Richard Cohen Films has started an interesting new web feature, Newsreel Cinema Online--short documentary videos about disability, homelessness, and other overlooked subjects. The first one "What Happened Outside the 77th Academy Awards?" is now posted. (The audio includes some language that would not be work-safe in all environments.) I was there--at the back of the march, with my kids, and we were separated from the pack before the events depicted--so this was a chance, finally, to see what happened with the front of the group.

Monday, January 02, 2006

Disability Blogs Roundup, #6

And a happy new year!

Except if you're the manager of the Star nightclub on New York's Upper West Side--shouting "
You can't come in here, you're in a wheelchair" at a prospective partier is hardly festive. (Seems like New Yorkers are having enough access problems these days with the transit strike, anyway. And the city parks.) Not that Californians are behaving much better where access is concerned....Mary Johnson's been following the recent ADA controversy in Julian. Meanwhile in Oregon, schoolgirl Emily Lang needs to sell bracelets to raise money for a door to her own school...and Mary Johnson rightly asks, what about the school's responsibility? The parents' organization? The other students? "Why only her?" Katja at Broken Clay is looking for statistics to refute the ever-popular "I have never, ever seen a wheelchair passenger on the route" refrain. What do YOU say to that one? Planes aren't a much friendlier alternative for the chair user--not even if you wear your tiara, as it turns out.

Sigh. Out with the old and out-dated, please, and in with the shiny and new. There are always new-to-the-roundup blogs to note. Damon at Do Your Worst is having PA problems (a holiday-season epidemic, it seems); Eeka at One Smoot Short of a Bridge found the project's website fascinating (and you might, too: they're "documenting a current artistic project about the abandoned mental institutions of Massachusetts"); The Willa Woman patiently explains why "winter and wheelchairs do not mix." On the tech front, Gary at 6by7reports has an hour-long audio report on the World Congress and Exposition on Disabilities, a trade show recently held in Philadelphia.

And for some innovative winter technology, try the Trail Boss, or maybe the Snowpod. (And then when you get lost in the snowy wilderness, Scott Rains suggests this gadget.)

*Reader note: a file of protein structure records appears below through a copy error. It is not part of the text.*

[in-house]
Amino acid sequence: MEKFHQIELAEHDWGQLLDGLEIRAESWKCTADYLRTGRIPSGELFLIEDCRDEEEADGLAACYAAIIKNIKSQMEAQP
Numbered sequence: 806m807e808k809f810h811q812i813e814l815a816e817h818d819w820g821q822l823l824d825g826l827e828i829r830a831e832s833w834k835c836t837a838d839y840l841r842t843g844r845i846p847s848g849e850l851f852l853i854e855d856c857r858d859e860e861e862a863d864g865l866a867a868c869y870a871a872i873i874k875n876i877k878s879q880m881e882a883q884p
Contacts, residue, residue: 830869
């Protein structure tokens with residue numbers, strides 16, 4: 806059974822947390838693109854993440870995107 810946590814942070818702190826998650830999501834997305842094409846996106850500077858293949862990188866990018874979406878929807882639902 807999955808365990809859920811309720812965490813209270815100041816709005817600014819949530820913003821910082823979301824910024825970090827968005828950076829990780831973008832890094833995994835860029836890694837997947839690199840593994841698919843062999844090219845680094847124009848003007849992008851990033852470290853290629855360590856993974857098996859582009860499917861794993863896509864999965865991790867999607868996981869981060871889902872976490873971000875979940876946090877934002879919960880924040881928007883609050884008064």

Got some big resolutions for 2006? Maybe you've promised yourself, "I'm going to find time for more serious literature." Well,
David Faucheux tipped readers off to the fine, fine service Librivox, which is a free audiobook service delivered by free download or by podcast. Site visitors are invited to volunteer; by reading public-domain texts, costs are minimized. This month: Dostoevsky's Notes from the Underground, with new segments available in various formats every Monday, Wednesday and Friday starting 2 January. There are plans for non-English-language reads soon, and the weekly poetry reading invitational also looks fun. Maybe you've decided to garden more--Gimpy Mumpy has the telescoping tools to make that more comfortable for many. Did you decide you need new ornaments for the tree next December? Firinel suggests making ASL salt-dough ornaments--better get started now! And while you're in the kitchen, some Braille biscuits might also be nice, says Lady Bracknell at Ouch! (part of the "Merry Cripmas" feature that makes Ouch! such a fine blog).

It can't be January without some best-of-2005's Gimpy Mumpy's. Susan LoTiempo's "Very Short List" of the best disability films of 2005 includes Murderball, and...well, that's it. LoTiempo wonders, where's the disability-friendly movie that's NOT about men and masculinity?
She clarifies, "one that didn't concentrate on wheelchairs crashing into each other, locker room blather and overdoses of testosterone." Sounds great. (I'd suggest Liebe Perla, for its scenes about shopping and appearance--being of small stature, Perla Ovitz cannot buy suitable adult clothing readymade, and instead sews her own dresses, and advises her young German friend Hannelore Witkofski on fashion--no testosterone in sight.)

Next roundup should be posted in early February. Until then, stay warm (northerners), stay cool (Australians), and stay dry (my fellow Californians).